Myth or Reality? The Long-Run Underperformance of Initial Public Offerings: Evidence from Venture and Nonventure Capital-Backed Companies
Alon P. Brav
Duke University - Fuqua School of Business
Paul A. Gompers
Harvard Business School - Finance Unit; Harvard University - Entrepreneurial Management Unit; National Bureau of Economic Research (NBER); European Corporate Governance Institute (ECGI)
Journal of Finance, Vol. 52 No. 4, December 1997
We investigate the long-run underperformance of recent initial public offering (IPO) firms in a sample of 934 venture-backed IPOs from 1972-1992 and 3,407 nonventure-backed IPOs from 1975-1992. We find that venture-backed IPOs outperform nonventure-backed IPOs using equal- weighted returns. Value weighting significantly reduces performance differences and substantially reduces underperformance for nonventure-backed IPOs. In tests using several comparable benchmarks and the Fama-French (1993) three factor asset pricing model, venture-backed companies do not significantly underperform, while the smallest nonventure-backed firms do. Underperformance, however, is not an IPO effect. Similar size and book-to-market firms which have not issued equity perform as poorly as IPOs.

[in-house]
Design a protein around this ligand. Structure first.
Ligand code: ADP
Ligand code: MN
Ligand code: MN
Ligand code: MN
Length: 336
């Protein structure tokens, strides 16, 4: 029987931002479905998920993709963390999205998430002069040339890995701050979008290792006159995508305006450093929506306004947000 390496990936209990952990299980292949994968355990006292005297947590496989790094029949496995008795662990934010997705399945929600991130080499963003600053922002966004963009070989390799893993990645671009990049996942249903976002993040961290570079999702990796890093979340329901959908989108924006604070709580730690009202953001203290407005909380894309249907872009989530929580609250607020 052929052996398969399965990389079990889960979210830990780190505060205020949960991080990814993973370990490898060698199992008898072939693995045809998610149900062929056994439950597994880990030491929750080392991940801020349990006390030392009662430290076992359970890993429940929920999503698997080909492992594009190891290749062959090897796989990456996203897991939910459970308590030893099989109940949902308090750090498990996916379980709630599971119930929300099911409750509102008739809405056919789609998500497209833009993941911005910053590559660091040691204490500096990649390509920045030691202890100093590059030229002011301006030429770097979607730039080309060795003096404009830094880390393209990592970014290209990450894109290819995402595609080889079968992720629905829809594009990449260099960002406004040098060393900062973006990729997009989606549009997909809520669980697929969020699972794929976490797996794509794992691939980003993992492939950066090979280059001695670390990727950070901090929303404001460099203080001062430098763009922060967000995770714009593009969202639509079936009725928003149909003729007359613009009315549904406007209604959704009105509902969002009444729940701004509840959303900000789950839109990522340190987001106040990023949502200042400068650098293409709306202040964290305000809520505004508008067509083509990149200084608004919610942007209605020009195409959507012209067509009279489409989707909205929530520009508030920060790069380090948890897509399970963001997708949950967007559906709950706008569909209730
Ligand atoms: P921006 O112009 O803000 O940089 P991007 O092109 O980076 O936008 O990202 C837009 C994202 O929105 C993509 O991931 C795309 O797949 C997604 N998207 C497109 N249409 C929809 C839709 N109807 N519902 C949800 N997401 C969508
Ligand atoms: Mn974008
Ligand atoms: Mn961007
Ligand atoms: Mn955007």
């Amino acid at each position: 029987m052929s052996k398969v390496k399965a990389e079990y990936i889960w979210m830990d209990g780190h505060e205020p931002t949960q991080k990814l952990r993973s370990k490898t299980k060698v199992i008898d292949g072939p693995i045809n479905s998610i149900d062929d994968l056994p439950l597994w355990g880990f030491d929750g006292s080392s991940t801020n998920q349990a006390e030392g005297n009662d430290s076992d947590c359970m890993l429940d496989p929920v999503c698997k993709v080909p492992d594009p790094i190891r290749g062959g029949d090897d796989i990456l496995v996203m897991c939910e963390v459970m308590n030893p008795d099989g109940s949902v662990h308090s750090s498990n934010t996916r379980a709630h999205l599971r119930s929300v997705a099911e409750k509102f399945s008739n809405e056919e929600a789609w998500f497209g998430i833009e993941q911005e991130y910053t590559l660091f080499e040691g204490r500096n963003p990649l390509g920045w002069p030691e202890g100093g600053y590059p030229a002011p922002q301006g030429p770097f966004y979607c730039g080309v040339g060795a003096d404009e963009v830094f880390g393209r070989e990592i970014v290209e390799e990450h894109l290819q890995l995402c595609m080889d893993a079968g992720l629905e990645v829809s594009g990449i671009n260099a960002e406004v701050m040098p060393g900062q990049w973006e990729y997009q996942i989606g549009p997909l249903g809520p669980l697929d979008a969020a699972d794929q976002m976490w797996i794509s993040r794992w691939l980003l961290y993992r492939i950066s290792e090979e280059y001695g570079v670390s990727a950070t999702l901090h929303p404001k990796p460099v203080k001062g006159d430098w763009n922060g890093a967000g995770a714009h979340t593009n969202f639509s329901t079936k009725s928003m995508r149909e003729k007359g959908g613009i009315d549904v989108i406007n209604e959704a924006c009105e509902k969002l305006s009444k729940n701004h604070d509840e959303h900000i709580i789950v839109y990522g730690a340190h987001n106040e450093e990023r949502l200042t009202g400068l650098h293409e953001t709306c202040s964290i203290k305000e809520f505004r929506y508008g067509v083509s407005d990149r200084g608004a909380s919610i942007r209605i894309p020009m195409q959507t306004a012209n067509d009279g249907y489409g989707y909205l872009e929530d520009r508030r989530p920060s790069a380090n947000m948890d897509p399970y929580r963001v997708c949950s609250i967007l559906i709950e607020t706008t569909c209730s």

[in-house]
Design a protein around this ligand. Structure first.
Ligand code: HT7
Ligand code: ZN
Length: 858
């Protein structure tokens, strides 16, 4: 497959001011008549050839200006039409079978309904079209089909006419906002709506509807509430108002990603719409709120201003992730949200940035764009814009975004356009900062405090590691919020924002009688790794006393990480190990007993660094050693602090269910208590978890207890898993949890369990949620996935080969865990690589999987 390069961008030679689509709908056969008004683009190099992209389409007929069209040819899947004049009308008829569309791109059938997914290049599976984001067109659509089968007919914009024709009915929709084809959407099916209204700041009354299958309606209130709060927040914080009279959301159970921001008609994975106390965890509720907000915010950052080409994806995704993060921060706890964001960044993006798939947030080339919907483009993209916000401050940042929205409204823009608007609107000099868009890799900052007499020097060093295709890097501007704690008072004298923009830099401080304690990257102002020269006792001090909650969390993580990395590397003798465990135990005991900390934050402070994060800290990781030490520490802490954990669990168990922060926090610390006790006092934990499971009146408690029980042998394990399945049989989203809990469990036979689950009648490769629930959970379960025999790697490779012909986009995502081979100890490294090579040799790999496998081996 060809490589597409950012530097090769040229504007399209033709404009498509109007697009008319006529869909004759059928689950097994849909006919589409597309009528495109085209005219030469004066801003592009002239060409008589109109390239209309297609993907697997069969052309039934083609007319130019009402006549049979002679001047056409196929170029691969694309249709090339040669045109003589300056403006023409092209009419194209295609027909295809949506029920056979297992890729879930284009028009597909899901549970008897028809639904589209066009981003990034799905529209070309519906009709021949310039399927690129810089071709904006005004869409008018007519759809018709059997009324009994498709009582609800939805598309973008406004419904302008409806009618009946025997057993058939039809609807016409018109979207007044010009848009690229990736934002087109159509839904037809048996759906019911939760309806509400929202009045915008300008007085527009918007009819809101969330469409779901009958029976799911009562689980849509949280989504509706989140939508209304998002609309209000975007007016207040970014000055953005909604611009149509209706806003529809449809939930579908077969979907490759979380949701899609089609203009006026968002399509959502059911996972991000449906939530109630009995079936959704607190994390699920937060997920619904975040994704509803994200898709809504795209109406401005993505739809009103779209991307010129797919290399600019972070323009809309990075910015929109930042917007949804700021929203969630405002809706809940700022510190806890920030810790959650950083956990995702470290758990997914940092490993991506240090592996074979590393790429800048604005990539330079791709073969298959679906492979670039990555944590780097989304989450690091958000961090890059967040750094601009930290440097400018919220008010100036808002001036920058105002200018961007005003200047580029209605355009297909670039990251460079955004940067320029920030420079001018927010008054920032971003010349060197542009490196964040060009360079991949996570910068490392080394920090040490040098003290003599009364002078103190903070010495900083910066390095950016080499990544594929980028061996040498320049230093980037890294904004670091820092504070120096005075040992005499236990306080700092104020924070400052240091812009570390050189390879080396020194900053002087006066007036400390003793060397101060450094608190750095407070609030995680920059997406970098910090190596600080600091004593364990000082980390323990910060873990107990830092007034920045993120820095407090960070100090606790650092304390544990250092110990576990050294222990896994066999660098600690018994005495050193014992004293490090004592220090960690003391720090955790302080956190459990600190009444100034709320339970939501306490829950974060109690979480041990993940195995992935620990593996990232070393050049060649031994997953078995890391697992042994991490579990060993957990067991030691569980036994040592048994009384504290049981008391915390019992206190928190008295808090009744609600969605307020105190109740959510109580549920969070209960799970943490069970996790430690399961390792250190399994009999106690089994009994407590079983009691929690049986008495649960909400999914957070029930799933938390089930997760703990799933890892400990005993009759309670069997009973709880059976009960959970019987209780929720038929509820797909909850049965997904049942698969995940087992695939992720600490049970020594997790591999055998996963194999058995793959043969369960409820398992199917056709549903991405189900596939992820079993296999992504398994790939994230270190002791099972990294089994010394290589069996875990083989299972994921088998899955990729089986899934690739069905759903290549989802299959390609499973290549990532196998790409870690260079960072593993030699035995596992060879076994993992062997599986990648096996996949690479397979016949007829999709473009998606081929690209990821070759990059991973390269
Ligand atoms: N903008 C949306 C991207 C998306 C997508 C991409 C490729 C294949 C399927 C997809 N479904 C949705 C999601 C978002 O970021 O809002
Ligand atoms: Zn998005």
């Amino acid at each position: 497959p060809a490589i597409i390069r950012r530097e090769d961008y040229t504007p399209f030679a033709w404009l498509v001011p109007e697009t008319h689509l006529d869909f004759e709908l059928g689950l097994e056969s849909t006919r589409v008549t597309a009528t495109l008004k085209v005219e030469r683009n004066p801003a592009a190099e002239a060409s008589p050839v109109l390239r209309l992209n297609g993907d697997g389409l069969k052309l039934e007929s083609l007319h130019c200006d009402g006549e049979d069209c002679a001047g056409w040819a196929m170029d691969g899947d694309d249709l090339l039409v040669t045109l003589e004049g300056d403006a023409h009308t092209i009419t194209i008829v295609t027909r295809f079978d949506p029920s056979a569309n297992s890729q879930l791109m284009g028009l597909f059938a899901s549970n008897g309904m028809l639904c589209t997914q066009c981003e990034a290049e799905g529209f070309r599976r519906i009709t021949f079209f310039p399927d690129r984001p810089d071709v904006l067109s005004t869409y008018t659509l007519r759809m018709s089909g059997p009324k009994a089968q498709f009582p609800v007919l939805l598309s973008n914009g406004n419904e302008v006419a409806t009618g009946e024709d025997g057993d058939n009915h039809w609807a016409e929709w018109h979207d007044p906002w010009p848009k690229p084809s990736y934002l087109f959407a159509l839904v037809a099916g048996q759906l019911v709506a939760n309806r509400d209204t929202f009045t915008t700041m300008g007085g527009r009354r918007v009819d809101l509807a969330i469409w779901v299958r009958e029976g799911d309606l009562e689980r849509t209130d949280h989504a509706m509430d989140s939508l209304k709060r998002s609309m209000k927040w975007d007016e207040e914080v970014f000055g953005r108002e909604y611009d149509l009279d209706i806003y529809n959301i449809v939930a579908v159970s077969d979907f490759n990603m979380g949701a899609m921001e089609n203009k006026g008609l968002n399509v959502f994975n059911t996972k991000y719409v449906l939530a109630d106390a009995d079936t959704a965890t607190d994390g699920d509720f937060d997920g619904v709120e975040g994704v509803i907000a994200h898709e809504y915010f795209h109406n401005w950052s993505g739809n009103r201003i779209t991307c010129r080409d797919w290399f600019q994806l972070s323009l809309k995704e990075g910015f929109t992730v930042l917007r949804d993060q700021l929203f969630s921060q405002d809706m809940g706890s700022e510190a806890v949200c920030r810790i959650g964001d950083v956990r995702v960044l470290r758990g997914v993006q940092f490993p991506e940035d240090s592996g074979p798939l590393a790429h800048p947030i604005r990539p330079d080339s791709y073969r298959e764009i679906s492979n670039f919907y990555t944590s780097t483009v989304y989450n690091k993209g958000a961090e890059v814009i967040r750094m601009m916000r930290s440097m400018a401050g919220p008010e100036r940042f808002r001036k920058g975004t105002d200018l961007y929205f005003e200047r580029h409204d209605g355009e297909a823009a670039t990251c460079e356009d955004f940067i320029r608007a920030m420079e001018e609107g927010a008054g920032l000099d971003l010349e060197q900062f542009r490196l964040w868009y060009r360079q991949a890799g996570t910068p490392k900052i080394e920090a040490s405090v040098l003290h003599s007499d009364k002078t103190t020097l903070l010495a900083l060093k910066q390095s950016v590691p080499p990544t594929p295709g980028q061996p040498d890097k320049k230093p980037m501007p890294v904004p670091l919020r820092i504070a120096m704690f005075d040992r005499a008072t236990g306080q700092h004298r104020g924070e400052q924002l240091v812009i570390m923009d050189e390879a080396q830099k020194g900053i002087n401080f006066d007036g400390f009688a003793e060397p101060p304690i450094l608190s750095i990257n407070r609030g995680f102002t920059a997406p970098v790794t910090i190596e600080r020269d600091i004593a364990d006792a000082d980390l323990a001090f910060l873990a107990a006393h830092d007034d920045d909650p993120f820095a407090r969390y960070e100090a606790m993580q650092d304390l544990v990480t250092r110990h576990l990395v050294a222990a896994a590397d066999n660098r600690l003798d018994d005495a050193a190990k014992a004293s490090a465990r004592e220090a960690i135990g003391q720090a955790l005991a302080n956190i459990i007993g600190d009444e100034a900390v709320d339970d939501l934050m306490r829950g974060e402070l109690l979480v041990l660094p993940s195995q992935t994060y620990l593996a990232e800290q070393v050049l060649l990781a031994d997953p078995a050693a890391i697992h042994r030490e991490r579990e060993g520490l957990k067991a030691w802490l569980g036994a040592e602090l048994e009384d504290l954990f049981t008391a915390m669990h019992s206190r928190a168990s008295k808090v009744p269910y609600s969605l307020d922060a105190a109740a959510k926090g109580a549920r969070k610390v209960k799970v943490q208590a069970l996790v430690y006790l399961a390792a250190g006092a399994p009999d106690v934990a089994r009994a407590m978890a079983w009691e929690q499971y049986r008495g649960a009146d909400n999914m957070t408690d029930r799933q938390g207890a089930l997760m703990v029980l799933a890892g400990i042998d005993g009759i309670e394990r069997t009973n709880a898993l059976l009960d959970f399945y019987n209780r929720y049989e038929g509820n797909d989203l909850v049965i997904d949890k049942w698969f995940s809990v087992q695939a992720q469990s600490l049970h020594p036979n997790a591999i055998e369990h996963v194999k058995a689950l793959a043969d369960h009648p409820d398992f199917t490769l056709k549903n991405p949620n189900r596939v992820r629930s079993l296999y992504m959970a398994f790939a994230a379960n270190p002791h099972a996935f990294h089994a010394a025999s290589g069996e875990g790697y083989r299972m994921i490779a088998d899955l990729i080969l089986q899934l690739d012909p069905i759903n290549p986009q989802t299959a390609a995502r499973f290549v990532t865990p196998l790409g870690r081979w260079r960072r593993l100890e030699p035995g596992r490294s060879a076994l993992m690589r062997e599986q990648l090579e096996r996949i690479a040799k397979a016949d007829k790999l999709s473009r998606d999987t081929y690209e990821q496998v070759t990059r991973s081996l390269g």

JEL Classification: G12, G14Accepted Paper Series
Date posted: April 11, 1998
© 2013 Social Science Electronic Publishing, Inc. All Rights Reserved.
This page was processed by apollo3 in 2.218 seconds